Gulf of Mexico Oil Spill

Part of Oral Answers to Questions — Work and Pensions – in the House of Commons at 4:58 pm on 14th June 2010.

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Photo of Ed Miliband Ed Miliband Shadow Secretary of State for Energy and Climate Change 4:58 pm, 14th June 2010

May I start by thanking the Secretary of State for the advance notice of his statement and for keeping the House informed of developments regarding the gulf oil spill? Let me join him in expressing deep sorrow for the 11 people who died in the accident and deep sympathy to their families. As he said, it is a reminder of the dangers that come with life in the offshore oil industry. We saw that ourselves last year with the tragic helicopter accident in the North sea. We should never forget the people who have lost their lives in this accident.

May I join the Secretary of State in expressing deep concern about the environmental impacts of the oil spill, which he summarised in his statement? I believe it is in the interests of the environment as well as the employees, shareholders and pension fund investors of BP that there should be a clear and co-ordinated response from the Governments of Britain and the United States. In that context, I want to ask him five specific questions arising from his statement. First, on the private sector companies involved in this accident, does he agree that all the companies involved in the Deepwater Horizon project-Halliburton, Transocean, Cameron and BP-should be subject to investigation, and that finger-pointing at BP in particular is not helpful?

Secondly, on regulation, does the Secretary of State agree that any process of learning lessons needs to look not just at the actions of private companies, but at the regulator-the United States' Minerals Management Service-and at the general level of regulatory standards in place in the US and around the world for deep-water drilling? Will he also comment on his specific understanding-I appreciate that things are at an early stage-of the level of regulation in the US compared with that in the UK?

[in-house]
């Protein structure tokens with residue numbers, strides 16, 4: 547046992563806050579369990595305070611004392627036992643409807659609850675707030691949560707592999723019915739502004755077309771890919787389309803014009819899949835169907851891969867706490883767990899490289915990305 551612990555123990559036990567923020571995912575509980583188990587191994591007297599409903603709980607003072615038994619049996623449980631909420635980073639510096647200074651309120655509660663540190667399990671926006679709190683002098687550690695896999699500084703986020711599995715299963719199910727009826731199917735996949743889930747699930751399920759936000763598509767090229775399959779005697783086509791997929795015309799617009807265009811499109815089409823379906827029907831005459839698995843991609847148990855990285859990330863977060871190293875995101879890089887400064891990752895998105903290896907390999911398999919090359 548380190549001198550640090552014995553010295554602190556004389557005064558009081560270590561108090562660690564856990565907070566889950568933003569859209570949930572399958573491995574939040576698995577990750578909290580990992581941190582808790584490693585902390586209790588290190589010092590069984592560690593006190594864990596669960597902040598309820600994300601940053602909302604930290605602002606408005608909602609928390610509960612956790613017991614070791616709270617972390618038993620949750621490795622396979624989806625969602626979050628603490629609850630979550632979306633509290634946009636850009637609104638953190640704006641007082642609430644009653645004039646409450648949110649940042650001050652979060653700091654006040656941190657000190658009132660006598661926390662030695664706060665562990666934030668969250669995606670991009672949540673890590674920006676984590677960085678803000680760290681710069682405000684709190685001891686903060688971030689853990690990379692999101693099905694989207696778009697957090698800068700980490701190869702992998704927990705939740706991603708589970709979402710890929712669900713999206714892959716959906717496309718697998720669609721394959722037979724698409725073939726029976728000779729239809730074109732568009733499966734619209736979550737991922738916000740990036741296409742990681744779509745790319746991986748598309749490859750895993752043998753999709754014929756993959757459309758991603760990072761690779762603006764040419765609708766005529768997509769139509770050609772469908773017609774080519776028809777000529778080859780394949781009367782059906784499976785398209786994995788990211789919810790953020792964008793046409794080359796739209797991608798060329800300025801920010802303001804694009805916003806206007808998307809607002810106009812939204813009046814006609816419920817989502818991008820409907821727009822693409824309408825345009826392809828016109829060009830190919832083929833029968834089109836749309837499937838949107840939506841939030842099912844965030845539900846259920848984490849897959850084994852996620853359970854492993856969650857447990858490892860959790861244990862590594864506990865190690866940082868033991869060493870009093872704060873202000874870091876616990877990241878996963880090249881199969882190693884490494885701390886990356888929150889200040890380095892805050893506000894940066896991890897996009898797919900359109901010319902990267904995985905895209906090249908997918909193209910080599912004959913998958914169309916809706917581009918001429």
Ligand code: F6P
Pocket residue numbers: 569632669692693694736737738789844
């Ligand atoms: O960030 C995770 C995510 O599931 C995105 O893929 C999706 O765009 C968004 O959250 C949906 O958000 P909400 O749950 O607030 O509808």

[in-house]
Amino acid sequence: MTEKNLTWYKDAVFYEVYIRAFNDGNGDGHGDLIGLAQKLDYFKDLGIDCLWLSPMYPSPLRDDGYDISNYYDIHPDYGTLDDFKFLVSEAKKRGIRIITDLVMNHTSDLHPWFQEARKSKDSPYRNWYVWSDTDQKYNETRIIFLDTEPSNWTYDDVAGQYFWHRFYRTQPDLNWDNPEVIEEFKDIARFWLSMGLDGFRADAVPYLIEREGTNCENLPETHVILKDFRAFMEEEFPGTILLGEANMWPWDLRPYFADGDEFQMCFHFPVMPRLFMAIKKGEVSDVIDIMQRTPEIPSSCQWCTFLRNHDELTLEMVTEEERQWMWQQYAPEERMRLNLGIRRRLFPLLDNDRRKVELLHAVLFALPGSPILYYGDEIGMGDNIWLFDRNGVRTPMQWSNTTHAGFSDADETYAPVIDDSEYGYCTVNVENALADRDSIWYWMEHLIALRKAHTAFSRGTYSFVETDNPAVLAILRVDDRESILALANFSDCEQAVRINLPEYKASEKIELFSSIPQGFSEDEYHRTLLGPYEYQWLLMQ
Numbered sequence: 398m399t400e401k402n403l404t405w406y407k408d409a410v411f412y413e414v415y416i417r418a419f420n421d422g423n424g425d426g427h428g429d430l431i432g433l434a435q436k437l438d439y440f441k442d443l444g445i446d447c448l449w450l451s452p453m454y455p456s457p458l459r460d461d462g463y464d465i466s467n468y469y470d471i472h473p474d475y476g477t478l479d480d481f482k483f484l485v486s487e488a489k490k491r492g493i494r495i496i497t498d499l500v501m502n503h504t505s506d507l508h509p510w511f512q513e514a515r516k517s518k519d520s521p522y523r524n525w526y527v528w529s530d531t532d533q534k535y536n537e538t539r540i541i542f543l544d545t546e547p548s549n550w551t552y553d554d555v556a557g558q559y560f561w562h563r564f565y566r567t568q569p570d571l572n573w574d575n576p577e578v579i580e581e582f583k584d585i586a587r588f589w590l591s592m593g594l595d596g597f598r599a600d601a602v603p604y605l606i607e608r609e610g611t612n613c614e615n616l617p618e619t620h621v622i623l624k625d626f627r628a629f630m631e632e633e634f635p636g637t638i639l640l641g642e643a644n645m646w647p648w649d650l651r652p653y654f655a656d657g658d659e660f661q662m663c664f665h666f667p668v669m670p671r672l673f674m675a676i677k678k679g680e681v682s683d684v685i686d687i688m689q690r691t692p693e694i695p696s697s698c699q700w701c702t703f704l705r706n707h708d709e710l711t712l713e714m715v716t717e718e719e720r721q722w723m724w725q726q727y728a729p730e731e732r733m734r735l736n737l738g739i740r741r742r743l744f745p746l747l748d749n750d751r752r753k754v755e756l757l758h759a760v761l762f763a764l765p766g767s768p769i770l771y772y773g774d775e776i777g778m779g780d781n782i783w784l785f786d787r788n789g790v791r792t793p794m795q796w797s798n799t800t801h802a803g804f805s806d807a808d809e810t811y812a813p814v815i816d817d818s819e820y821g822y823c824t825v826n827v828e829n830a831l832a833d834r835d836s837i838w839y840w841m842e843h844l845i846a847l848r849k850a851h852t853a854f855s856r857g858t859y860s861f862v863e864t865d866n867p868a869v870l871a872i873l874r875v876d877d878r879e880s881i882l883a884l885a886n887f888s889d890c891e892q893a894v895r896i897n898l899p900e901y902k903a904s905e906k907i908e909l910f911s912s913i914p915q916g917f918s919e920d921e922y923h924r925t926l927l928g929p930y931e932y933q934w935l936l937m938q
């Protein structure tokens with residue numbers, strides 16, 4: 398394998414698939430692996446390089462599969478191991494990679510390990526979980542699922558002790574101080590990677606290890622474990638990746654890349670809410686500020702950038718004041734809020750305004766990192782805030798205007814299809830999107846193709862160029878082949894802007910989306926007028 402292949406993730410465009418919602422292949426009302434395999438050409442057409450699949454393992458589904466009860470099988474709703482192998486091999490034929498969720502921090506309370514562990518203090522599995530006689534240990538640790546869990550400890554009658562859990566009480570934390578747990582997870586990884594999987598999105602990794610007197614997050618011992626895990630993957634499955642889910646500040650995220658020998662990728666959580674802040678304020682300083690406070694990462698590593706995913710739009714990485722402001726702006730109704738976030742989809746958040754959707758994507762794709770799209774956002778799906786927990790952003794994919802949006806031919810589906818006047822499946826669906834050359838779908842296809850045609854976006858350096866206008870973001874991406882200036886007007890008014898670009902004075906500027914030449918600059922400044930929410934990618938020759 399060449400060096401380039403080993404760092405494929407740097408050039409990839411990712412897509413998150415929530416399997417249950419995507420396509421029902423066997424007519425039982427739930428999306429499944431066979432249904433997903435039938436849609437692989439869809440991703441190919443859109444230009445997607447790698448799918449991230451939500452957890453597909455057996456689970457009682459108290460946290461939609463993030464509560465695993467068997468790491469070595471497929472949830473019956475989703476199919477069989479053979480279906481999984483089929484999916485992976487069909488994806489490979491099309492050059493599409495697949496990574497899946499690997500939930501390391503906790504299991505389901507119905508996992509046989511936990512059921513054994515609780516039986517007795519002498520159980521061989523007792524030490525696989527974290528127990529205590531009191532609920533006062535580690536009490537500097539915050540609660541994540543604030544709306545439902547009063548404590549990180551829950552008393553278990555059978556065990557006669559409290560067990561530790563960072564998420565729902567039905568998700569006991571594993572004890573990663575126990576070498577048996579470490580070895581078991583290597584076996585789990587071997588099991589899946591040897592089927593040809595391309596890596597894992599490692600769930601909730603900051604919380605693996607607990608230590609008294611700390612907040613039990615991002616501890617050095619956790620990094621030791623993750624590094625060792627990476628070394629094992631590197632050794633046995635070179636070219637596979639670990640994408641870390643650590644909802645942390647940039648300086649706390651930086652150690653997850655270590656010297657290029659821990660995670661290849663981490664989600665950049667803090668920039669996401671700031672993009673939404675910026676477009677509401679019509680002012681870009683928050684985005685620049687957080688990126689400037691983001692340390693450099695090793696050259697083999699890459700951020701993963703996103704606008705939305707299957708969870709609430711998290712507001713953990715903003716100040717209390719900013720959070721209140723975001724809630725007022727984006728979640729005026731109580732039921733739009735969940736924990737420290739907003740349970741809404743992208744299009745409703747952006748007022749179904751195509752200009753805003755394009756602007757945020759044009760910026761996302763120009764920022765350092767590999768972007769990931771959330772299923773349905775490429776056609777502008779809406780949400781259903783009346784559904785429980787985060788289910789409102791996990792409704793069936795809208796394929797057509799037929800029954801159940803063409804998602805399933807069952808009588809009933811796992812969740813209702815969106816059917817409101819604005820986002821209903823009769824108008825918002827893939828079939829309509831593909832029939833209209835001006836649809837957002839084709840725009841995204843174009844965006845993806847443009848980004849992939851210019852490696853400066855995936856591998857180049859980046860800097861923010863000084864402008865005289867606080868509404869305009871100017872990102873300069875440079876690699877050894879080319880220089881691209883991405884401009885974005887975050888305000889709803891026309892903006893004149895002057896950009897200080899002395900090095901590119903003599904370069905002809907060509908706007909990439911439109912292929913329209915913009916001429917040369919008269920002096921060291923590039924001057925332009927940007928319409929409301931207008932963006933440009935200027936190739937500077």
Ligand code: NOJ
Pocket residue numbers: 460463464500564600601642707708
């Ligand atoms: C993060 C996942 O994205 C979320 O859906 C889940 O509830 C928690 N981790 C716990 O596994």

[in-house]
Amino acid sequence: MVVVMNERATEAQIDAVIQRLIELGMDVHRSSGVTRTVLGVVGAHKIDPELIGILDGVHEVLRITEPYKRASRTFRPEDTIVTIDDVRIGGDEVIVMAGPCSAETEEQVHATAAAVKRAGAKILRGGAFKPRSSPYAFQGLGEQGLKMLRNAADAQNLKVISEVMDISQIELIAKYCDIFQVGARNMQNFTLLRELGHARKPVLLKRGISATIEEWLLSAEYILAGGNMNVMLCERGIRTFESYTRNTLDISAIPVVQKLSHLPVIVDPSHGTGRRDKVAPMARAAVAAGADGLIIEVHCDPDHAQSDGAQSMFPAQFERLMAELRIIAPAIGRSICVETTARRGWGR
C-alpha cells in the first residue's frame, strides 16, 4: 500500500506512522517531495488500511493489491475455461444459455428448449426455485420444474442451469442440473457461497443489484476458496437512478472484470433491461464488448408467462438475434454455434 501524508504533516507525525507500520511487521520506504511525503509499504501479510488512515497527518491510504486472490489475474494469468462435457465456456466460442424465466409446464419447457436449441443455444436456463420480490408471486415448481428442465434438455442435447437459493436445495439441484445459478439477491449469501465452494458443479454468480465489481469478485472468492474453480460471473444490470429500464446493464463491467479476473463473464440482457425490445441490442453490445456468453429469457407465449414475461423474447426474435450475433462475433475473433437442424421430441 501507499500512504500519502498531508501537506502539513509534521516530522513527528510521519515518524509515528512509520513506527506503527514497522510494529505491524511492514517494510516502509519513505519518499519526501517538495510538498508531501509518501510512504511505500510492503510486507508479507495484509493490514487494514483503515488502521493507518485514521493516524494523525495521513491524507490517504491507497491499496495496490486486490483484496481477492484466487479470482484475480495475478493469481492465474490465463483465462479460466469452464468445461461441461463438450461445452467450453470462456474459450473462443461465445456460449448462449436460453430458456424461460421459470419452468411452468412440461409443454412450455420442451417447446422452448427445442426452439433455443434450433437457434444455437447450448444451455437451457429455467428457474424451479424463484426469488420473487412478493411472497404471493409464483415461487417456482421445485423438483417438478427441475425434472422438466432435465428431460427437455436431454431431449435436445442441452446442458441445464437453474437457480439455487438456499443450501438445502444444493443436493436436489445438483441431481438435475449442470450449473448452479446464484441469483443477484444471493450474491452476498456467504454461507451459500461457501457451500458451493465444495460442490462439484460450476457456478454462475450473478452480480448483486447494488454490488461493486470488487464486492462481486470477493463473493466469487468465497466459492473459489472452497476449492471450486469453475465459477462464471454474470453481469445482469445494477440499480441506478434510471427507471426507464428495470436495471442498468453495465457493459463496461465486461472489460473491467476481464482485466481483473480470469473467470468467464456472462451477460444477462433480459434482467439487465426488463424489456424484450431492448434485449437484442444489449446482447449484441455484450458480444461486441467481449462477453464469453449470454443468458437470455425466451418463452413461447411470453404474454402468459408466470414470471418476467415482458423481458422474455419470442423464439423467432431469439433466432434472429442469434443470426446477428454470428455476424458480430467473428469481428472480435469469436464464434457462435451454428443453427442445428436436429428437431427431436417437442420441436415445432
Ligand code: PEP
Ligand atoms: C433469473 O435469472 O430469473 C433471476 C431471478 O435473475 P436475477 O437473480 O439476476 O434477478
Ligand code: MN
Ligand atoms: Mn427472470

Thirdly, in terms of the implications for Britain, I welcome what the Secretary of State said about the licensing of drilling in deeper waters in the UK, including west of Shetland. Does he agree that it is essential to look at any lessons learned before beginning that deeper-water drilling?

Fourthly, and very importantly for the long-term future, does the Secretary of State agree that the central lesson of Deepwater Horizon is that we cannot, as a world, simply dig deeper and deeper for oil, plundering the world's natural resources? The opportunity should be seized on both sides of the Atlantic by the Prime Minister and the President, in a way that has not so far happened, to send a louder and clearer message about the need to make the transition to a post-oil economy. It will take decades, but the transition needs to start all around the world.

Fifthly, in the same context, does the Secretary of State agree that, after the tragedy of Deepwater, the best thing that could happen is a renewed push towards low carbon and clean energy around the world, with Europe moving to a 30% emissions reduction, America passing a climate and energy Bill and the securing of an international treaty either at Cancun or as soon as possible afterwards? Does he also agree that domestically we need to play our part? That means maintaining industrial policy support for the low-carbon transition. Looking ahead to his right hon. Friend the Chancellor of the Exchequer's Budget next week, if we are to make the low-carbon transition ourselves, and send out a clear signal, it is important that the investments promised by the previous Government to Sheffield Forgemasters and Ford, and for offshore wind, go ahead as soon as possible.

The gulf oil spill is an environmental wake-up call for the world. Just as the banking crisis changed the rules of the game for financial services, so this disaster must change the rules of the game across the world for energy policy. That requires strong leadership-including being tough with our allies-in defending British interests, in pushing the United States for a Bill on climate change and in charting a course towards the low-carbon transition. If the Government provide that strong leadership for BP employees, pension fundholders and our environment, we will of course support them.

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